+       * `__init__.py` contains the noun/verb command-line processing framework used by client.
        * `jobs.py` contains the implementation of the core `job` noun, and all of its operations.
-       * `bridge.py` contains the implementation of a component that allows us to ship a
-         combined client that runs both v1 and v2 client commands during the transition period.
-       * `client.py` contains the code that binds the client v2 nouns and verbs into an executable.
+       * `client.py` contains the code that binds the client nouns and verbs into an executable.
 
 Running/Debugging the Client
 ============================

http://git-wip-us.apache.org/repos/asf/incubator-aurora/blob/9f6ec4bd/examples/vagrant/aurorabuild.sh
----------------------------------------------------------------------
diff --git a/examples/vagrant/aurorabuild.sh b/examples/vagrant/aurorabuild.sh
index 69983d0..b7ea417 100755
--- a/examples/vagrant/aurorabuild.sh
+++ b/examples/vagrant/aurorabuild.sh
@@ -33,13 +33,8 @@ function upstart_update {
 }
 
 function build_client {
-  ./pants src/main/python/apache/aurora/client/bin:aurora_client
-  sudo ln -sf $DIST_DIR/aurora_client.pex /usr/local/bin/aurora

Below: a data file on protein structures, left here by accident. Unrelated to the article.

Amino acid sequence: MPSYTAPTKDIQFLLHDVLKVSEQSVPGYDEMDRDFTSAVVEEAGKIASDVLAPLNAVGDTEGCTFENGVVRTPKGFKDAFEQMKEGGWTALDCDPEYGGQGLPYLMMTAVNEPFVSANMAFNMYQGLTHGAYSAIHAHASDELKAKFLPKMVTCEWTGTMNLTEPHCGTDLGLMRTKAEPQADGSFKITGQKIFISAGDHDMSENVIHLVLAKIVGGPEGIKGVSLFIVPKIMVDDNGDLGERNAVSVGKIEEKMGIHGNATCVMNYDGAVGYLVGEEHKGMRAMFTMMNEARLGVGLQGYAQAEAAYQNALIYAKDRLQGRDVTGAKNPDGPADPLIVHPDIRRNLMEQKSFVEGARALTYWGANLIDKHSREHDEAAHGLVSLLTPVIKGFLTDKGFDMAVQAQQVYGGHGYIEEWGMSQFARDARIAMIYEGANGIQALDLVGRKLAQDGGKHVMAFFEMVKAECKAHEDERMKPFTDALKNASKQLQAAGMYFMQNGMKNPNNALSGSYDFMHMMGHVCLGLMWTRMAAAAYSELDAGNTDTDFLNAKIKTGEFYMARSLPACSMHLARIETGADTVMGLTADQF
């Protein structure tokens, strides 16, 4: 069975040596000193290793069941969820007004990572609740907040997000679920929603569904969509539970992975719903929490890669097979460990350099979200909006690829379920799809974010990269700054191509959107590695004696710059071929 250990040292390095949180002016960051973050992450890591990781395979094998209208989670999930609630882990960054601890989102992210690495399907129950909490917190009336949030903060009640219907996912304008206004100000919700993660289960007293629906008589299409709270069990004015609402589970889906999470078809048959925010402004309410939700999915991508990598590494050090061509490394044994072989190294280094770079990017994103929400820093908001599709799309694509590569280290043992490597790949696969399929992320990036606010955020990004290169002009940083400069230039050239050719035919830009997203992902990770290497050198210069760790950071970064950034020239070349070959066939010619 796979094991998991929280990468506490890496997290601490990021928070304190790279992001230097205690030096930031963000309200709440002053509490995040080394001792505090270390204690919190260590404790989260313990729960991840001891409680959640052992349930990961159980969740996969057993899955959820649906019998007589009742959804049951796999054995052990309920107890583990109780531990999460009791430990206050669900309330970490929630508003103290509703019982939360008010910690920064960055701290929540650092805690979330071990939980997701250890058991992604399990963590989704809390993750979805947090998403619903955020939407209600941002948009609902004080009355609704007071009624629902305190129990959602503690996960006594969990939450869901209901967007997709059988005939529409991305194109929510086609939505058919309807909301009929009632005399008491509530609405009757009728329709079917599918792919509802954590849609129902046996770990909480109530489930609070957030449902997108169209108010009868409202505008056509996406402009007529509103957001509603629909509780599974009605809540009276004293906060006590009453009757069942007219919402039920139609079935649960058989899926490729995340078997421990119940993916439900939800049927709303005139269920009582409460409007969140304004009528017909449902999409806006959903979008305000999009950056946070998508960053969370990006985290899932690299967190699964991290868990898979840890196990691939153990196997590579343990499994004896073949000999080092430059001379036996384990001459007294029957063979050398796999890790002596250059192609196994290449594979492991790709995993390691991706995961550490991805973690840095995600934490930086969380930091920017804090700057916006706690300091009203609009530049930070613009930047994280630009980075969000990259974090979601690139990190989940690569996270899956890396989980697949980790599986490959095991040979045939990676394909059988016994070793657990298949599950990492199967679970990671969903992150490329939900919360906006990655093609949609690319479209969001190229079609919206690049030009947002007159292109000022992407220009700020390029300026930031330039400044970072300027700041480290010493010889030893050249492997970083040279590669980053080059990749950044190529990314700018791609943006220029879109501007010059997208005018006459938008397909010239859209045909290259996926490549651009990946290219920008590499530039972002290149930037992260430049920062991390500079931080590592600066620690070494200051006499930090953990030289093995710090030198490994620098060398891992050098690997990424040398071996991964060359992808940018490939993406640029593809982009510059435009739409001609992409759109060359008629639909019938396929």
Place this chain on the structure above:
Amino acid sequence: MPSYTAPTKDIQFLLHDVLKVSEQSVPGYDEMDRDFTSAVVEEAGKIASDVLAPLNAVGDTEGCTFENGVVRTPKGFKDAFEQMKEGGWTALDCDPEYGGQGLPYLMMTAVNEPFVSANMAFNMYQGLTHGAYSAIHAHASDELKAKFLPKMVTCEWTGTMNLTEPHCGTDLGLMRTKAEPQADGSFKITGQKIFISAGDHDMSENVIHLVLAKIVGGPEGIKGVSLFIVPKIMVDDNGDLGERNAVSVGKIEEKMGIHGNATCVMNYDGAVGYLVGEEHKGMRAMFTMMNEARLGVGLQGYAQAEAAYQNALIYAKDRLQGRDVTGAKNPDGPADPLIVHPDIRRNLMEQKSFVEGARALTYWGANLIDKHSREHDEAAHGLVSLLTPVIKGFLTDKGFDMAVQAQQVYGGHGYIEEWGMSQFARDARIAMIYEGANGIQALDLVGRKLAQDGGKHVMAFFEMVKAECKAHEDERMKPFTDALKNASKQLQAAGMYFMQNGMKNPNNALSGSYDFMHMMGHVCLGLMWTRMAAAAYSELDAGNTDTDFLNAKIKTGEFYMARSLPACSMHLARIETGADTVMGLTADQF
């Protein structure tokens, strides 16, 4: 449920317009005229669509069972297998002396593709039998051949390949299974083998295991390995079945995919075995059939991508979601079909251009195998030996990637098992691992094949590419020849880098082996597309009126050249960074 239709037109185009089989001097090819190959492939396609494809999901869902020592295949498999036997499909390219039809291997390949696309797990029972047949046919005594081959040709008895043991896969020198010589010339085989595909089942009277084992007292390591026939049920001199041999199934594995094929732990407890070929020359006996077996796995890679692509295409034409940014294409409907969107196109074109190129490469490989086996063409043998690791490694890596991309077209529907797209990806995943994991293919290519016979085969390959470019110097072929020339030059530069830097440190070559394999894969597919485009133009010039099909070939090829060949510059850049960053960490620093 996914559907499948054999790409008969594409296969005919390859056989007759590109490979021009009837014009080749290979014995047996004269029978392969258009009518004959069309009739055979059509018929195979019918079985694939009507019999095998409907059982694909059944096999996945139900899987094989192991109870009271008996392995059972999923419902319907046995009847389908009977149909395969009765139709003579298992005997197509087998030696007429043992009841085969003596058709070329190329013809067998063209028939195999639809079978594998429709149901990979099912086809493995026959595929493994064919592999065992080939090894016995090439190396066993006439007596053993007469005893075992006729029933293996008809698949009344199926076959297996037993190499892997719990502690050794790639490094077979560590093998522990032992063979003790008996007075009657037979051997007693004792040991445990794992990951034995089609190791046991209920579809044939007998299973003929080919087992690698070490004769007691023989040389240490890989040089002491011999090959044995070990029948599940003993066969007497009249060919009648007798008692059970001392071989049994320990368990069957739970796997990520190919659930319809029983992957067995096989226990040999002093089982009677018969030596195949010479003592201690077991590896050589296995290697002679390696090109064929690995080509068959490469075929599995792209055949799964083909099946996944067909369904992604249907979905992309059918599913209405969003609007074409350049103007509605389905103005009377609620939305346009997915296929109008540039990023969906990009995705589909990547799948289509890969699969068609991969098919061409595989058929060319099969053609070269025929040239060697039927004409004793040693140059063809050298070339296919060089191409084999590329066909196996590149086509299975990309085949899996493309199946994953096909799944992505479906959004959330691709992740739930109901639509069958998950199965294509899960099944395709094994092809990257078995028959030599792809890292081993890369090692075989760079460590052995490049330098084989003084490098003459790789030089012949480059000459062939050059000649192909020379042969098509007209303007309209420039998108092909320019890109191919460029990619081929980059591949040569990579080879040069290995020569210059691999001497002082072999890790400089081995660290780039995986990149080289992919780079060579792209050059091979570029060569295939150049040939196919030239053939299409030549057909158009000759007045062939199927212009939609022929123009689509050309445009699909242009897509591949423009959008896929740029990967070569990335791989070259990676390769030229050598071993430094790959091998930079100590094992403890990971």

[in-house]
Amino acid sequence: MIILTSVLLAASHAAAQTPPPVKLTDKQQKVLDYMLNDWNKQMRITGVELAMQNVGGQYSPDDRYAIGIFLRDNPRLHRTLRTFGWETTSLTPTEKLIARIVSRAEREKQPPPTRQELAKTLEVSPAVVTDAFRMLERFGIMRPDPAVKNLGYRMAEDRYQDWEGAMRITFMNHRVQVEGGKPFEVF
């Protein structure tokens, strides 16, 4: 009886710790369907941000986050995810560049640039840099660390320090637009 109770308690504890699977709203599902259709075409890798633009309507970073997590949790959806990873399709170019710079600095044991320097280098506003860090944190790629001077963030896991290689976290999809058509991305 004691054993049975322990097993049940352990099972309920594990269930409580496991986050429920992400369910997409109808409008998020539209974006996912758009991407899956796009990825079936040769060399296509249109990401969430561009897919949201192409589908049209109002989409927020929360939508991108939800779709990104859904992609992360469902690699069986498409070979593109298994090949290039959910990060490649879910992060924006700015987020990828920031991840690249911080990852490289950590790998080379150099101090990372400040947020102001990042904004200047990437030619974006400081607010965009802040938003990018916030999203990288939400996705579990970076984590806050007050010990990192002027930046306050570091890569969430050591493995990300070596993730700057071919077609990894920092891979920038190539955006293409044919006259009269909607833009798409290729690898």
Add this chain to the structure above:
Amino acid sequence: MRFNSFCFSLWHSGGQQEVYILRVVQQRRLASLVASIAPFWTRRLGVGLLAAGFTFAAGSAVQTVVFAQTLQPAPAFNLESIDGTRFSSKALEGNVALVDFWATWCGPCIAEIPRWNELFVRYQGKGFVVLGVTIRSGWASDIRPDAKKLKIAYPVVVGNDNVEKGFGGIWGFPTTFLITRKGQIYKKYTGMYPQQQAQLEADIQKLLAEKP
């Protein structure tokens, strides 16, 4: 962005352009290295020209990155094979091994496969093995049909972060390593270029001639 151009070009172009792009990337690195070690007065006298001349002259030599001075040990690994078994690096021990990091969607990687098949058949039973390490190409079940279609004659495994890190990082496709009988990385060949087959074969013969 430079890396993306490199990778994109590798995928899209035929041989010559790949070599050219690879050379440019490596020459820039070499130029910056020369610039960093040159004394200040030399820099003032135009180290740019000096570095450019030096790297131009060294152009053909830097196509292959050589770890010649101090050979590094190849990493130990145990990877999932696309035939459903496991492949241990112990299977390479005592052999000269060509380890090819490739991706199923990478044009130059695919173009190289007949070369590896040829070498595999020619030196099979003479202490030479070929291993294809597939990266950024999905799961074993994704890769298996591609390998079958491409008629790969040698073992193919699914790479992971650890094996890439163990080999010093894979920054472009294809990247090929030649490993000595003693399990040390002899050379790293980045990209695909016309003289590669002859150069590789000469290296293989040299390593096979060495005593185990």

-}
-
-function build_client2 {
-  ./pants src/main/python/apache/aurora/client/cli:aurora2
-  sudo ln -sf $DIST_DIR/aurora2.pex /usr/local/bin/aurora2
+  ./pants src/main/python/apache/aurora/client/cli:aurora
+  sudo ln -sf $DIST_DIR/aurora.pex /usr/local/bin/aurora
 }
 
 function build_admin_client {
@@ -92,14 +87,13 @@ function build_observer {
 function build_all {
   build_admin_client
   build_client
-  build_client2
   build_executor
   build_observer
   build_scheduler
 }
 
 function print_components {
-  echo 'Please select from: admin_client, client, client2, executor, observer, scheduler or all.'
+  echo 'Please select from: admin_client, client, executor, observer, scheduler or all.'
 }
 
 if [ "$#" -eq 0 ]

http://git-wip-us.apache.org/repos/asf/incubator-aurora/blob/9f6ec4bd/examples/vagrant/test_tutorial.sh
----------------------------------------------------------------------
diff --git a/examples/vagrant/test_tutorial.sh b/examples/vagrant/test_tutorial.sh
old mode 100644
new mode 100755
index a5557cb..4628241
--- a/examples/vagrant/test_tutorial.sh
+++ b/examples/vagrant/test_tutorial.sh
@@ -104,7 +104,7 @@ function await_task_in_state {
   do
     # TODO(wfarner): This check is not that great, since it will detect any task
     # in the job, rather a newly-failed task.
-    result=$(vagrant ssh -c "aurora status $1 2>&1 | grep 'status: $2'" 2>&1)
+    result=$(vagrant ssh -c "aurora job status $1 2>&1 | grep 'status: $2'" 2>&1)
     if [ $? -eq 0 ]
     then
       echo 'PASS'
@@ -128,14 +128,14 @@ cd "$(git rev-parse --show-toplevel)"
 JOB_KEY=devcluster/www-data/devel/hello_world
 
 write_test_files
-aurora_command create "create $JOB_KEY /vagrant/hello_world.aurora"